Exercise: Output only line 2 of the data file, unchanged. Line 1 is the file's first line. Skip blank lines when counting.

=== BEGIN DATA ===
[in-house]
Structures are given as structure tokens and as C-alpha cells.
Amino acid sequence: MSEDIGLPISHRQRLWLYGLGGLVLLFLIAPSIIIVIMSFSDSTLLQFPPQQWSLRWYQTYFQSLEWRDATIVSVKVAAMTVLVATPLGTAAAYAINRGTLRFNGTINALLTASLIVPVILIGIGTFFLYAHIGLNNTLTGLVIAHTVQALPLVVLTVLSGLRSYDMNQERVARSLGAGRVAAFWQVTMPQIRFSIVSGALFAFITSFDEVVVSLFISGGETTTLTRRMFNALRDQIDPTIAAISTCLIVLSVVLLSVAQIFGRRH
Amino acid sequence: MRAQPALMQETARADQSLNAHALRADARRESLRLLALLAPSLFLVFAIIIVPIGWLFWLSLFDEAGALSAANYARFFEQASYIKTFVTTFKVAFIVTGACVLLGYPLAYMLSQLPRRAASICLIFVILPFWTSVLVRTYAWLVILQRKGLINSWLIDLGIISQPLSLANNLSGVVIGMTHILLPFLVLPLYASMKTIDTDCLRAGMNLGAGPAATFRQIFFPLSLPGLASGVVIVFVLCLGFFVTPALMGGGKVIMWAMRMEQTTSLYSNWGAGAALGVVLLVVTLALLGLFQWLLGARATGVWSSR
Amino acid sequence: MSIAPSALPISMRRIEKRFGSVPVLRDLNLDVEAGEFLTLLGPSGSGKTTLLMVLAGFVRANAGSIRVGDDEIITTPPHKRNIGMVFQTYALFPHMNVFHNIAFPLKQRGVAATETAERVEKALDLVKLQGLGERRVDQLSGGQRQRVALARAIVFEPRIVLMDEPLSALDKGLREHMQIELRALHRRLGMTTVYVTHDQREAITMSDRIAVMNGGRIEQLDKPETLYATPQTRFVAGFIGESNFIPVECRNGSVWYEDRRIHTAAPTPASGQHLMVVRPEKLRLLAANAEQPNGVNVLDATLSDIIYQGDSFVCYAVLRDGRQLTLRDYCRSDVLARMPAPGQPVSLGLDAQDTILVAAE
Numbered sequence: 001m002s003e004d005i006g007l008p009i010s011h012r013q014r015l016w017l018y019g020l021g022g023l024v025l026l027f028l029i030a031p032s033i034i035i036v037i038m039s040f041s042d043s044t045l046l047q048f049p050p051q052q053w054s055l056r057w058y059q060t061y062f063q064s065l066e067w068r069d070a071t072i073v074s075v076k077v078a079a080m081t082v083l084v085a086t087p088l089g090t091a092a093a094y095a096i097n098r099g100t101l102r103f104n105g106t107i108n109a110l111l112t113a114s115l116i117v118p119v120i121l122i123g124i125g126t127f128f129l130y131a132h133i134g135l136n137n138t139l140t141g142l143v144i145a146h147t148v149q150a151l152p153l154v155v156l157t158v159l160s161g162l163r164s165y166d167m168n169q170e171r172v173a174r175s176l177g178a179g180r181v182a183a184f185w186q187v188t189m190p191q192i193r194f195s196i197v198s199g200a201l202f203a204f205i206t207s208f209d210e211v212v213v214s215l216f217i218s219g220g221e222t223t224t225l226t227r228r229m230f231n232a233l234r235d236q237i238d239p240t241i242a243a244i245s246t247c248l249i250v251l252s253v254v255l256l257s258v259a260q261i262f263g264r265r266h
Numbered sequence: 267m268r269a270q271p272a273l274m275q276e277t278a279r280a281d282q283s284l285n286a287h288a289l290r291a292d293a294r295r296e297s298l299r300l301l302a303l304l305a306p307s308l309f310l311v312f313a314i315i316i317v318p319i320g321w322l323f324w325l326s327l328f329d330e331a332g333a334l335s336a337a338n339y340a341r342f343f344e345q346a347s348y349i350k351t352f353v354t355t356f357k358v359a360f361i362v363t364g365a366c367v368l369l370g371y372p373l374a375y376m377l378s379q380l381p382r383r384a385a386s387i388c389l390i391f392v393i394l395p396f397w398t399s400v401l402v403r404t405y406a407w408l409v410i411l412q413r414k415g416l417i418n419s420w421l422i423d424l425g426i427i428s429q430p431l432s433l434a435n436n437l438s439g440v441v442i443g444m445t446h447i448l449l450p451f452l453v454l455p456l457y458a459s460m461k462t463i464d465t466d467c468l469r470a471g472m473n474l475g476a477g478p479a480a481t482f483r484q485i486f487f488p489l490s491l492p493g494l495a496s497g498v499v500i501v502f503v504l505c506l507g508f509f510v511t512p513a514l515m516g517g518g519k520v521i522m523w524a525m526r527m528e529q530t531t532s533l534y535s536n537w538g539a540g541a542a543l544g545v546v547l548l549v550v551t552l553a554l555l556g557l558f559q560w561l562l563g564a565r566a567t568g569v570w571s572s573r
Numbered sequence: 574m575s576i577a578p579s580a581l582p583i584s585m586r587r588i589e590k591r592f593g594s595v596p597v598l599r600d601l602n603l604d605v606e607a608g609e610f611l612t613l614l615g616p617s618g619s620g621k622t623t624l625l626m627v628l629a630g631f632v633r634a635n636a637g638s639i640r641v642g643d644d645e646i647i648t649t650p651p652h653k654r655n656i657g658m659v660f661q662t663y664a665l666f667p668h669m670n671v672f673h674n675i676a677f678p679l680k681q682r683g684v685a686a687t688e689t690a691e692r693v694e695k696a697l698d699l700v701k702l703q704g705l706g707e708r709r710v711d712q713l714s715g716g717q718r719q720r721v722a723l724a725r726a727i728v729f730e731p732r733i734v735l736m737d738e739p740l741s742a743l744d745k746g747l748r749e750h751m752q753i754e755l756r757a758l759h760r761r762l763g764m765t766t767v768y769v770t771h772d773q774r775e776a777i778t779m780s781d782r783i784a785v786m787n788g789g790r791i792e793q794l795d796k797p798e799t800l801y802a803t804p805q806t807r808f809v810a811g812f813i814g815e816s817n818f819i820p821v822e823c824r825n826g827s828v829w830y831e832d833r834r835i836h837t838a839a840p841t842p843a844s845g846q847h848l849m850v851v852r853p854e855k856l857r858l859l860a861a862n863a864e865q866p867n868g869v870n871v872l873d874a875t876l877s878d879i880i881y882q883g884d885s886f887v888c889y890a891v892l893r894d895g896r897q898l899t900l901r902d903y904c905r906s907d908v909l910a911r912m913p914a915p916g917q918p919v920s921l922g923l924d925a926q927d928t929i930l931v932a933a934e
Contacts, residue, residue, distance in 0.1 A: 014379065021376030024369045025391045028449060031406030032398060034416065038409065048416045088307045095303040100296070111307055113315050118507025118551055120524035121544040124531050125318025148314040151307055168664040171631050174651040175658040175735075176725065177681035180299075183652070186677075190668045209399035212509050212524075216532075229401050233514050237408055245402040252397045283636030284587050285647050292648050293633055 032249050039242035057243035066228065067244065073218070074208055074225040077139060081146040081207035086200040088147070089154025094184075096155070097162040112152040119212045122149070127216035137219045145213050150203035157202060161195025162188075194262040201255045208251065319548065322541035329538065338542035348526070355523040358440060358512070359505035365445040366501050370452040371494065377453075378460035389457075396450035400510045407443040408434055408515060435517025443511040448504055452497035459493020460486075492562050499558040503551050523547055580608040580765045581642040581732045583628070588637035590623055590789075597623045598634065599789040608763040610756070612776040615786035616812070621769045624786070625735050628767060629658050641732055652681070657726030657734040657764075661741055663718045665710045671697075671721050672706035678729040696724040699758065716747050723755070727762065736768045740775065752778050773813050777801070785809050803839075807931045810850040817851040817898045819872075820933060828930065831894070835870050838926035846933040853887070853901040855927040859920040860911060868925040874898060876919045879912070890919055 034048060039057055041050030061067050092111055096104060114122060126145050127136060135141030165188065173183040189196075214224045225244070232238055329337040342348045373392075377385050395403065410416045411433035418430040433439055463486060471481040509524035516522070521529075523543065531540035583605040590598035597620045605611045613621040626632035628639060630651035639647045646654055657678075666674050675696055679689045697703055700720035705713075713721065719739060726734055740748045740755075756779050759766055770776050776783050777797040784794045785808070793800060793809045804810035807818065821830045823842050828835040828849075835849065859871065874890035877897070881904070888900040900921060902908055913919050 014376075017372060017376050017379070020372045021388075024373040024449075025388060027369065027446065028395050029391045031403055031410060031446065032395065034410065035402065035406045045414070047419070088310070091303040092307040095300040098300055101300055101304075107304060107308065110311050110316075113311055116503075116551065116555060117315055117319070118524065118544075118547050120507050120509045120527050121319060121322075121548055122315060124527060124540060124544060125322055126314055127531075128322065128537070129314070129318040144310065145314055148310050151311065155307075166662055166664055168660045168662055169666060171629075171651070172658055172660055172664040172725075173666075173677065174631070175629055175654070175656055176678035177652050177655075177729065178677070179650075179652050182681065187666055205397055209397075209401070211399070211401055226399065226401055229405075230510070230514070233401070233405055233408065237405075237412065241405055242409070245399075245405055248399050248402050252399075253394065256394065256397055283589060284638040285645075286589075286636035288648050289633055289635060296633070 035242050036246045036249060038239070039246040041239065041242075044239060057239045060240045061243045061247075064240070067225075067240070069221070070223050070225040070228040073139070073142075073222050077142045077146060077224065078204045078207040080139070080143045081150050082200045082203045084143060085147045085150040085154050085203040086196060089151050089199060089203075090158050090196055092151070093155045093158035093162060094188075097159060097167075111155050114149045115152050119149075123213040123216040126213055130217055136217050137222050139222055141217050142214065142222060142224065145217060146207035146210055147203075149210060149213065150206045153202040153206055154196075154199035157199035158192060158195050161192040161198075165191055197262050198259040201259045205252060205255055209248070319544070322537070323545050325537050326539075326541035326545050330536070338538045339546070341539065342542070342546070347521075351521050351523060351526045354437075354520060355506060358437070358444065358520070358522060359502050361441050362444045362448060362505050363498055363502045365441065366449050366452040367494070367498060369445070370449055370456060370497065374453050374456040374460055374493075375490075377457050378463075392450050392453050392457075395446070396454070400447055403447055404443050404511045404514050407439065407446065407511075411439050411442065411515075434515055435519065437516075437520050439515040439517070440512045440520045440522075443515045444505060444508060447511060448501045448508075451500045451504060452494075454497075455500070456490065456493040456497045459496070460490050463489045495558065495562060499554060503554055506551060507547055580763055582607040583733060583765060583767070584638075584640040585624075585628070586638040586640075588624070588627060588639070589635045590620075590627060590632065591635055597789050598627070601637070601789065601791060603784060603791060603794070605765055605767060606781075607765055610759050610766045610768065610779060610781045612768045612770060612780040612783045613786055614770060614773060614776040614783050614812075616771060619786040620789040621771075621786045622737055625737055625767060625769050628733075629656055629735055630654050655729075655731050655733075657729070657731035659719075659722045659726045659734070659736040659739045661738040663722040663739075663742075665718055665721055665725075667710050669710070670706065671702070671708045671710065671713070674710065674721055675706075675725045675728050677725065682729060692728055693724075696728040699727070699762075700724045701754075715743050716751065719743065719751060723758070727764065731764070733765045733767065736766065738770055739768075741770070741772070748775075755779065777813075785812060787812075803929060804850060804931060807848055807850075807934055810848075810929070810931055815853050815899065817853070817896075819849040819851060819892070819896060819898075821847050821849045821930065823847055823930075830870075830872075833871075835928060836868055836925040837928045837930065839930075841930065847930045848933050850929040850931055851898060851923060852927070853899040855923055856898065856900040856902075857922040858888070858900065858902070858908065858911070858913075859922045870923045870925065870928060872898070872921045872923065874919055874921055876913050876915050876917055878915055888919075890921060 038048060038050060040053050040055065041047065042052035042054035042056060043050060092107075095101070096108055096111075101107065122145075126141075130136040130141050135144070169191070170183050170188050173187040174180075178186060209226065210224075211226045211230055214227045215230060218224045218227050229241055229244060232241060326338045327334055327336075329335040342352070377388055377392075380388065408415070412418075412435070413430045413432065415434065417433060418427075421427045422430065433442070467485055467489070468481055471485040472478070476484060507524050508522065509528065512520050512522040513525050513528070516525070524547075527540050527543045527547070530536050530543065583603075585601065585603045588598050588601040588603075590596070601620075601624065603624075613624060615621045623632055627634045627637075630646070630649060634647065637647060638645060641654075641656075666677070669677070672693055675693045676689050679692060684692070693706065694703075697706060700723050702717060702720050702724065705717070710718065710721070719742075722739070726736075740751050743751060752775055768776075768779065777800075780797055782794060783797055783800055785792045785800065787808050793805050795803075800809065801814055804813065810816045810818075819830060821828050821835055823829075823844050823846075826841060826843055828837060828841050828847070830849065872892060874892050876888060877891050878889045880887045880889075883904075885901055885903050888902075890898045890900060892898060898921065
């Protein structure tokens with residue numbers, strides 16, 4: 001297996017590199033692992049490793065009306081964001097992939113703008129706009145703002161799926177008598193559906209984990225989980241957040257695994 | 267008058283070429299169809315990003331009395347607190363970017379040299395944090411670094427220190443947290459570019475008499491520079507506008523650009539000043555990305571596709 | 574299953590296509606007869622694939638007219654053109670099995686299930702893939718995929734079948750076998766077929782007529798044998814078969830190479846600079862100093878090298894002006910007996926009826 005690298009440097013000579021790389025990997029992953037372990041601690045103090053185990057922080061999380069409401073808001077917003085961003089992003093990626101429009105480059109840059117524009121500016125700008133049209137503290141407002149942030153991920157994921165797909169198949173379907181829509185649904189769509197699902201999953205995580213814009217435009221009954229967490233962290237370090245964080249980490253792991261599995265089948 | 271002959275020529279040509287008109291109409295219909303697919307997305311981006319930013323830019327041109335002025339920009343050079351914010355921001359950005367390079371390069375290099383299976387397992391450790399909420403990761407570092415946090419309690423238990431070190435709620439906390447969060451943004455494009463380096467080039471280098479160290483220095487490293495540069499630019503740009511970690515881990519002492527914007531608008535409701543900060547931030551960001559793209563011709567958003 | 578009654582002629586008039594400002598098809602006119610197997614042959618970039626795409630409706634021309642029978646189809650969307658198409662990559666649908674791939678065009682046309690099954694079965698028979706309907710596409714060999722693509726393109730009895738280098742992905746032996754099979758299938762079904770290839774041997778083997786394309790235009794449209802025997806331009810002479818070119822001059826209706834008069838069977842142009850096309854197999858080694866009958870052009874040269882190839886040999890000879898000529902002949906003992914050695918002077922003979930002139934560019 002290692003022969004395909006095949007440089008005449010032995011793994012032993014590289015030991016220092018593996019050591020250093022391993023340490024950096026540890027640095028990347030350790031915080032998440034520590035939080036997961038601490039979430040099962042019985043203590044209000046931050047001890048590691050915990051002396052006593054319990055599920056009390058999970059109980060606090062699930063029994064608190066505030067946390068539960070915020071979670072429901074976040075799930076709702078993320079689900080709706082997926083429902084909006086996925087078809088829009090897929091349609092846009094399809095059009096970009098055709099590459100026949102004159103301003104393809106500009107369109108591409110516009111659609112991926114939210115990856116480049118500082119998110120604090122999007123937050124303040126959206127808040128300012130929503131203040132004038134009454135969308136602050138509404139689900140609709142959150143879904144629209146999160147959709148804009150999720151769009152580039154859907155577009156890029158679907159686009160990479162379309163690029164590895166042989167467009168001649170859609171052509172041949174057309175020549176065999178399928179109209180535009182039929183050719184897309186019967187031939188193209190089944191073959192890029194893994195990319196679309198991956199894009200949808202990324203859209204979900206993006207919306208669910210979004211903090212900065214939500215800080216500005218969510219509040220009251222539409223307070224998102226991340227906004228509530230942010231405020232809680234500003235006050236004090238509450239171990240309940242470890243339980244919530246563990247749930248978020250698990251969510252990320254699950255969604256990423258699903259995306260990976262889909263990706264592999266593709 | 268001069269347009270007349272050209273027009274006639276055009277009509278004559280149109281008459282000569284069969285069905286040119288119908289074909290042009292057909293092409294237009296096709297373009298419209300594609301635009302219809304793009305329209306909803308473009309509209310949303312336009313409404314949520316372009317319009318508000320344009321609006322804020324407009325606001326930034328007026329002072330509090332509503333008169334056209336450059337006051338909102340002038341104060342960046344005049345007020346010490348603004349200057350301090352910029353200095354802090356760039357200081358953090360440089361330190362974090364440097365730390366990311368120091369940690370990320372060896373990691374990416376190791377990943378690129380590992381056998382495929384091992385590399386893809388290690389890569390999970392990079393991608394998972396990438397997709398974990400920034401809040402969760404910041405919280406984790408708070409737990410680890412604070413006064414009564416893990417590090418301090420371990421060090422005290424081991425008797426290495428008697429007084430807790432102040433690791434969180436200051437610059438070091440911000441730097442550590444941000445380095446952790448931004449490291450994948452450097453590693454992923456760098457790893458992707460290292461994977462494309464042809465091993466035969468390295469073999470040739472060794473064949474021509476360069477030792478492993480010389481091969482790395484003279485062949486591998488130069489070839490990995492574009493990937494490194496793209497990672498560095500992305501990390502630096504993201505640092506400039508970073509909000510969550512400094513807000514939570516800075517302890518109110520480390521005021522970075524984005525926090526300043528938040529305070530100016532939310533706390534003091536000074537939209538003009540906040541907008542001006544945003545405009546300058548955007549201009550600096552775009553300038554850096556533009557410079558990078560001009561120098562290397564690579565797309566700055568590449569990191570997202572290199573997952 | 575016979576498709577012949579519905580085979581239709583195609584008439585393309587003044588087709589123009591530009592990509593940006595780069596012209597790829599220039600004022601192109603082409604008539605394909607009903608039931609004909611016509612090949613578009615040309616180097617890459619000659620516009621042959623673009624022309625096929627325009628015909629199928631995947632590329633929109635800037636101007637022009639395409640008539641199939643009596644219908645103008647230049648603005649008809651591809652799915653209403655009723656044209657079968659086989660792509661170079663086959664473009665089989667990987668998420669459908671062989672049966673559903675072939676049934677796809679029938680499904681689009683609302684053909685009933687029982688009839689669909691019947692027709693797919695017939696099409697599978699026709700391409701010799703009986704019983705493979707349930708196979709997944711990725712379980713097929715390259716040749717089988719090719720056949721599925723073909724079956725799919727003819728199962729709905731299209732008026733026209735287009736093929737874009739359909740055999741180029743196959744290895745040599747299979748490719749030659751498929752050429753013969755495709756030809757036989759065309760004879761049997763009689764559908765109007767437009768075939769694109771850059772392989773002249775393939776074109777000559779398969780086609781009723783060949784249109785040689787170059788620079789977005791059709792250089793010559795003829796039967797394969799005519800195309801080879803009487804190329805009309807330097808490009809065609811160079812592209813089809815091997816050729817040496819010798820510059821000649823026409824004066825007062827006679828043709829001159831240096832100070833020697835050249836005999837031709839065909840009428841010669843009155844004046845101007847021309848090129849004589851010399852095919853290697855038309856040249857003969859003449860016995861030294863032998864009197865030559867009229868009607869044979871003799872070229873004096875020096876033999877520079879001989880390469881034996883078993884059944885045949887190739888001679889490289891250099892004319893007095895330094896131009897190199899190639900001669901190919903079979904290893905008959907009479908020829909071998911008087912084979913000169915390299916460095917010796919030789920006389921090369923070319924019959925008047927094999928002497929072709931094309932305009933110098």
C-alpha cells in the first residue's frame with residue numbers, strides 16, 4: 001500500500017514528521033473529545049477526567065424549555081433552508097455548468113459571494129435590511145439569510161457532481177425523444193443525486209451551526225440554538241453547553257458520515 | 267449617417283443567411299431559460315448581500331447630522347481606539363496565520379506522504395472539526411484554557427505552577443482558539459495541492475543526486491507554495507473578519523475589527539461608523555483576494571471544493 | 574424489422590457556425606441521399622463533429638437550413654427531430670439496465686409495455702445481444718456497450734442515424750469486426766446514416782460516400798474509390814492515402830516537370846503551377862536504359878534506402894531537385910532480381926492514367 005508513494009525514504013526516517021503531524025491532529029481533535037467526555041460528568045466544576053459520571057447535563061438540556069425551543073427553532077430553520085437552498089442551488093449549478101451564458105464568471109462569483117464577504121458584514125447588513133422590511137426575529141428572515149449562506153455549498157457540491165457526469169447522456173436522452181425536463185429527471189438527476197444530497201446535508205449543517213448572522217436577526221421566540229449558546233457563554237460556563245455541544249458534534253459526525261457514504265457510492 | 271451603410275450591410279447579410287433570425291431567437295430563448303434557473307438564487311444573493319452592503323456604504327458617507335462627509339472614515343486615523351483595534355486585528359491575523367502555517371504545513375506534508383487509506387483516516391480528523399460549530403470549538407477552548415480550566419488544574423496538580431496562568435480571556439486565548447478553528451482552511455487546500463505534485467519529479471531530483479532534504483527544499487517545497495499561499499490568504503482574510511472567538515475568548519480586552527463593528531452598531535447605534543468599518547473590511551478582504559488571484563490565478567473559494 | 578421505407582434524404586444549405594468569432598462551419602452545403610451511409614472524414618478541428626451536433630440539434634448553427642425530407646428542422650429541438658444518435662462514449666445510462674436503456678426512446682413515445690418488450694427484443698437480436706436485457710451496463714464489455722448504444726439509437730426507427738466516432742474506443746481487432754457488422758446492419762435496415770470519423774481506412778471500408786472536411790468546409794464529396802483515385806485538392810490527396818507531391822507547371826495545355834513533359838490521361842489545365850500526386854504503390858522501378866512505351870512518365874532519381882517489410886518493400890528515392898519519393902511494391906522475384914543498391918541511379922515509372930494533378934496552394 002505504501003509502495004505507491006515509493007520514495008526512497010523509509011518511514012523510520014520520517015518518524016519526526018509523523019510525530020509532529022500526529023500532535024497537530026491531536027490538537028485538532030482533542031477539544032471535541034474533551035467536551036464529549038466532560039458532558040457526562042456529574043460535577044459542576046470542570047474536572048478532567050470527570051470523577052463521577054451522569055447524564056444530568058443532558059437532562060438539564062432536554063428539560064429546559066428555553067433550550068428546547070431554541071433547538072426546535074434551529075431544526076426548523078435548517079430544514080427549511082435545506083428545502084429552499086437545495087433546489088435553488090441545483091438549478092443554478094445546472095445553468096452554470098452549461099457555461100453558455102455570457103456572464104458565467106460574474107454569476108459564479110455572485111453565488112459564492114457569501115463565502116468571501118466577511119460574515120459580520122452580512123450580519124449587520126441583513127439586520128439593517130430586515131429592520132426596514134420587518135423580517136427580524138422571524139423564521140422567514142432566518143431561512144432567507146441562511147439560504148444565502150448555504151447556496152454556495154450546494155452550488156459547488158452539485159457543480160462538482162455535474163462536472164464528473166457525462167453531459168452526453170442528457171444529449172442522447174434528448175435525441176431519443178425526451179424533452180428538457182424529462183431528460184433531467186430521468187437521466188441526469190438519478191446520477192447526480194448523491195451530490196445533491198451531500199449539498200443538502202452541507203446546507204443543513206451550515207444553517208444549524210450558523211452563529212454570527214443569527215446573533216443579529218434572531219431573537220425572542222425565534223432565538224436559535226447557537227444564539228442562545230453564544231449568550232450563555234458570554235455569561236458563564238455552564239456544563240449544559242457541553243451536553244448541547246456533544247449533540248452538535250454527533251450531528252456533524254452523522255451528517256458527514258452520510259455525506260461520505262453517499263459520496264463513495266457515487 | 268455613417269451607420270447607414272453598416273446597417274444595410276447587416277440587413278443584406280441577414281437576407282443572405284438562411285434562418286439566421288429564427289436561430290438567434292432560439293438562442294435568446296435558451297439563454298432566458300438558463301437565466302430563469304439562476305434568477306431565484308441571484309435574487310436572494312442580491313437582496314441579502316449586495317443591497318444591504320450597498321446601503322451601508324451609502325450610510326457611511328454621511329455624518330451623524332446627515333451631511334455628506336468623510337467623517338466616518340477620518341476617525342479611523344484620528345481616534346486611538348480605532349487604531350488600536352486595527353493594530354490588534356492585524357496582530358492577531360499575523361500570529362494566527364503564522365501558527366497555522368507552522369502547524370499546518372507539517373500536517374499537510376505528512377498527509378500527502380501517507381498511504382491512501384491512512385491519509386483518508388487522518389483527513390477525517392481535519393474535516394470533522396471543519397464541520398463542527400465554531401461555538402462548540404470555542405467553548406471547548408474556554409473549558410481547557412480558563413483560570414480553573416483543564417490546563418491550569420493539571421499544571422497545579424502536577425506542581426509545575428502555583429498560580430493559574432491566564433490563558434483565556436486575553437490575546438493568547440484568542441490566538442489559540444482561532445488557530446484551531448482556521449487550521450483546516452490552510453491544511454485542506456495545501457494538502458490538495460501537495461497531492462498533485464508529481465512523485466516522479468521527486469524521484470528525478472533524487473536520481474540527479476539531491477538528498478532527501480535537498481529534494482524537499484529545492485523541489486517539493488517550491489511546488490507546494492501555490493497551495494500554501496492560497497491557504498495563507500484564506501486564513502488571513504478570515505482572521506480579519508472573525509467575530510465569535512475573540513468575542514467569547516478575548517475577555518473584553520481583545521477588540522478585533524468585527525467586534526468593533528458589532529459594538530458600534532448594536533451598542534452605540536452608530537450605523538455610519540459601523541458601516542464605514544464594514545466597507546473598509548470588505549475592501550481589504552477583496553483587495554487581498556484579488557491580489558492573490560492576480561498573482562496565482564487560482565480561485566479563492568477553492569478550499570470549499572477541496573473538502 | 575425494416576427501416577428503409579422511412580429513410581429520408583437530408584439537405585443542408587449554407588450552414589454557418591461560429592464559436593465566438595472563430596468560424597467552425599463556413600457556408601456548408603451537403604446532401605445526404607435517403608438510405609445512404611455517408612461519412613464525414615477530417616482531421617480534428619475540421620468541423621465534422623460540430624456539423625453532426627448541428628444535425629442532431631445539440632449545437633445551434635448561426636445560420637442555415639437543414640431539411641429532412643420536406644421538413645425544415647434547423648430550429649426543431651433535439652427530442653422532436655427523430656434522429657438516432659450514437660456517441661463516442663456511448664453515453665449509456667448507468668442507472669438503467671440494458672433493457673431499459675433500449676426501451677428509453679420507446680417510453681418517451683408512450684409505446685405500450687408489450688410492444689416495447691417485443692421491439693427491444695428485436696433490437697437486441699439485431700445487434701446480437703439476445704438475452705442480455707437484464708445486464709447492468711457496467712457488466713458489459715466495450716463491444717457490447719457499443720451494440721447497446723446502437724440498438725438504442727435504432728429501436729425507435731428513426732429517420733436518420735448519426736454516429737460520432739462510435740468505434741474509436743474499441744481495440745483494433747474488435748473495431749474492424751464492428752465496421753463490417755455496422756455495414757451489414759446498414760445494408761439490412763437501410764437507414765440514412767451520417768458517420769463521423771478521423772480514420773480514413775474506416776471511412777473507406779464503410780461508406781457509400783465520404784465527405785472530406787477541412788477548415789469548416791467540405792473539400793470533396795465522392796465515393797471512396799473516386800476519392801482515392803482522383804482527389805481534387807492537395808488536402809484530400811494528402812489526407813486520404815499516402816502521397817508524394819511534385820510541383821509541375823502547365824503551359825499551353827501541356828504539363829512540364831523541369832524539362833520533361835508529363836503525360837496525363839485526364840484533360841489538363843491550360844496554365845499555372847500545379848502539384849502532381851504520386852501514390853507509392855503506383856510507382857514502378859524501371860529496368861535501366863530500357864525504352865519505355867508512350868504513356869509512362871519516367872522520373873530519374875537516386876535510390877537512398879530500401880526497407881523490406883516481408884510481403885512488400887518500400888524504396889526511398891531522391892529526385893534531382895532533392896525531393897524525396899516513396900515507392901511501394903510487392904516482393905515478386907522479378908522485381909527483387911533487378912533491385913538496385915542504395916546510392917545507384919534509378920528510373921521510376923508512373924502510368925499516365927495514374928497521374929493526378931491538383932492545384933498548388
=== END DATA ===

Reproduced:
Structures are given as structure tokens and as C-alpha cells.